And wonder how we’ll pay the rent, and scribble ream on ream,
And sup on sausages and tea, and laugh and loaf and dream.

And when we’re tired of that, my friend, oh, you will come with me; And we will seek the sunlit roads that lie beside the sea.
We’ll know the joy the gipsy knows, the freedom nothing mars,
The golden treasure-gates of dawn, the mintage of the stars.
We’ll smoke our pipes and watch the pot, and feed the crackling fire,
And sing like two old jolly boys, and dance to heart’s desire;
We’ll climb the hill and ford the brook and camp upon the moor . . .
Old chap, let’s haste, I’m mad to taste the Joy of Being Poor.

– Robert W. Service, The Joy of Being Poor

Vagabond Journey on the joys of living cheaply

Preparing to travel by sea series

[seriesposts orderby=date name=”preparing to travel by sea” ]

Filed under: Boat Travel, Save Money for Travel

About the Author:

Wade Shepard is the founder and editor of Vagabond Journey. He has been traveling the world since 1999, through 88 countries. He is the author of the book, Ghost Cities of China, and contributes to The Guardian, Forbes, Bloomberg, The Diplomat, the South China Morning Post, and other publications. has written 3425 posts on Vagabond Journey. Contact the author.

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Wade Shepard is currently in: Prague, Czech Republic

8 comments… add one

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  • craig | travelvice.com September 9, 2009, 8:30 pm

    From sailing around in the Caribbean, my hesitation might come from two things: Bay fees (the cost of anchoring in the bay or tying up to the dock), and the usage of fresh water. Unless you’ve got a fresh water maker on board, you’re going to be living of life of paying to constantly refill your water reservoirs, water rationing, and far too many salt-water showers. How will water rationing combine with an infant and your wife (think washing dishes and washing Petra)? Well, I’m sure there are plenty of yachties out there who’ve taken their young families on trips that could help answer those questions. I’d certainly be hitting up those message forums.

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  • craig | travelvice.cm September 9, 2009, 8:34 pm

    Oh, for what it’s worth, I remember the boat paying something like US$10-15 to anchor in the bay, maybe $25 to tie to the dock. Of course, using the shower and bathrooms at some places costs extra, as does the fuel for your dingy.

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    • Wade | Vagabond Journey.com September 10, 2009, 11:39 am

      Thank you Craig,

      This is exactly the type of information that I am looking for — real anecdotes from people who have sailed.

      I will definitely keep these points in mind, especially the one about the potable water, as we move further into this sailing venture.

      I am going to try to get on a sailboat and travel some long distances before buying a boat myself. I am just trying to get a feel for sailing right now, and taking it step by step.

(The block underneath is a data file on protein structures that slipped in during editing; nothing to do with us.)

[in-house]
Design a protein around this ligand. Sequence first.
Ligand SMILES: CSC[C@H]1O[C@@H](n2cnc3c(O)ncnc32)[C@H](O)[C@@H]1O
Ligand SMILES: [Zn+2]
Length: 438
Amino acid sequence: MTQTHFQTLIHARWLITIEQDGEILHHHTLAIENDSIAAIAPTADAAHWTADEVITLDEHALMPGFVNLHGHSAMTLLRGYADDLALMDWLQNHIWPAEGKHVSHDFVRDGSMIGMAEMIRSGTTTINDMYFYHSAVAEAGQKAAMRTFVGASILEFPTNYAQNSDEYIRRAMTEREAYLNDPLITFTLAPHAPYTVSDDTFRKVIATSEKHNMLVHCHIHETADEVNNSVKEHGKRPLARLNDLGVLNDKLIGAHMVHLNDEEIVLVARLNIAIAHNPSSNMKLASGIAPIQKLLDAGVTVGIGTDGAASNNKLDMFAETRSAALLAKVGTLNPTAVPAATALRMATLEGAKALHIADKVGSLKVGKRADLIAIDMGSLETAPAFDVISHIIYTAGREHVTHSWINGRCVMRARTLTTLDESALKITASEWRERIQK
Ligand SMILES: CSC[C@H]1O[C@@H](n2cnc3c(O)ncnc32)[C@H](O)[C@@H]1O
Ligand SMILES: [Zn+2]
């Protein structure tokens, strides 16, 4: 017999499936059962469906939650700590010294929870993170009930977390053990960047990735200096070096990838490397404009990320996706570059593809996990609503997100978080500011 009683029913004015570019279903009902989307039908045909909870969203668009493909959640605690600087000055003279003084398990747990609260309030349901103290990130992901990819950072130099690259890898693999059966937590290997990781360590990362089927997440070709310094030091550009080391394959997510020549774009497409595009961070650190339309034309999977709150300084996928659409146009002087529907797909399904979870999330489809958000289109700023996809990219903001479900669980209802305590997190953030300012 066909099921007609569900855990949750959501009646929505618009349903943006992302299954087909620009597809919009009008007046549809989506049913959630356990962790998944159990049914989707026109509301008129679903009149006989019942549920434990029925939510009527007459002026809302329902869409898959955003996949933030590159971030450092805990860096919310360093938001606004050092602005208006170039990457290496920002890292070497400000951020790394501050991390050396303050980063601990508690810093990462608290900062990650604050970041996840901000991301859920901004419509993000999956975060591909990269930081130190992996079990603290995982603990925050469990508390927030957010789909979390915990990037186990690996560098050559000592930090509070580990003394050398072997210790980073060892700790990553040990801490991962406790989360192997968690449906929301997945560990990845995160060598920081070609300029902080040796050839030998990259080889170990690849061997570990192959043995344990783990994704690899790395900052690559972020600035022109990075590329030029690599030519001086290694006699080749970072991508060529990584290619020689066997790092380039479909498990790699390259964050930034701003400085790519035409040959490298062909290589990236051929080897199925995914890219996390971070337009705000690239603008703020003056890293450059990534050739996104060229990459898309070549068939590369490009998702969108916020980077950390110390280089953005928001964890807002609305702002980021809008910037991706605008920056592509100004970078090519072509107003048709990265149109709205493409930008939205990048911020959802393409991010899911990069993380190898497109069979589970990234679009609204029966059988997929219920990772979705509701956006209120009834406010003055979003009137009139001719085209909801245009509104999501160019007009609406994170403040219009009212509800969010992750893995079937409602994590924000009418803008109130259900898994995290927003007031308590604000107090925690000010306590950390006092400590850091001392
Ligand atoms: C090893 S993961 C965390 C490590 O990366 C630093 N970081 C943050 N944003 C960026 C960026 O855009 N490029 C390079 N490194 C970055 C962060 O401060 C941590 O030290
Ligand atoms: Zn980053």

I will send you an email soon.

      Thanks,

      Wade

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  • kindle September 10, 2009, 12:07 pm

    Have you ever considered working as crew on a boat? Fort Lauderdale florida is a good place to line up work. Lots of captains putting together crew for voyages down to the panama canal as well as transatlantic voyages to the canaries and the med. I used to hang out in southern spain and met quite a few americans who had gotten a free trip to spain by working on boats out of lauderdale. Different types of jobs from a kitchen cook to scrubbing the deck. They’d hang out in the marina in F.L. and approach the captains until they found something suitable. It would give you some real experience and you might even make a buck or two.

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    • Wade | Vagabond Journey.com September 11, 2009, 6:59 pm

      Good suggestion,

      I will try to do that soon. I did a stay down near Ft. Lauderdale back in ’99, but this was before I gave much heed to sailing. I may return soon and look for a boat to get some cruising experience on.

      Thanks,

      Wade

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  • John Trudeau October 2, 2009, 12:48 pm

    I have been wondering the same things about sailing. I have no experience sailing. I did serve 6 years in the Canadian navy. I would be concerned about bad weather. We got into bad weather off of Newfoundland 80 ft waves 100 mile winds. This sank an oil rig and all hands were lost. How would a small sail boat handle in this type of storm. I also would want lots of training in navigation in the middle of the ocean there are no land marks to go by and if your just off shore fog can blow in very quickly.I hope to keep reading on how you proceed on your sailing.

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    • Wade | Vagabond Journey.com October 3, 2009, 12:00 am

      Hello John,

      Thank you for your advice. Those 80 foot waves sound amazing. Could you see them from where you were on the boat or were you below deck?

      Thanks for the suggestions.

      Wade

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  • John Trudeau October 7, 2009, 9:49 am

    I could see the waves from the bridge. The oil rig was the Ocean Ranger it was one of the largest oil rigs in the world at the time. There is a book wrote about what happen and a list of ships that were involved. I was serving on the HMCS Nipigon. You should be able to get the story on the internet.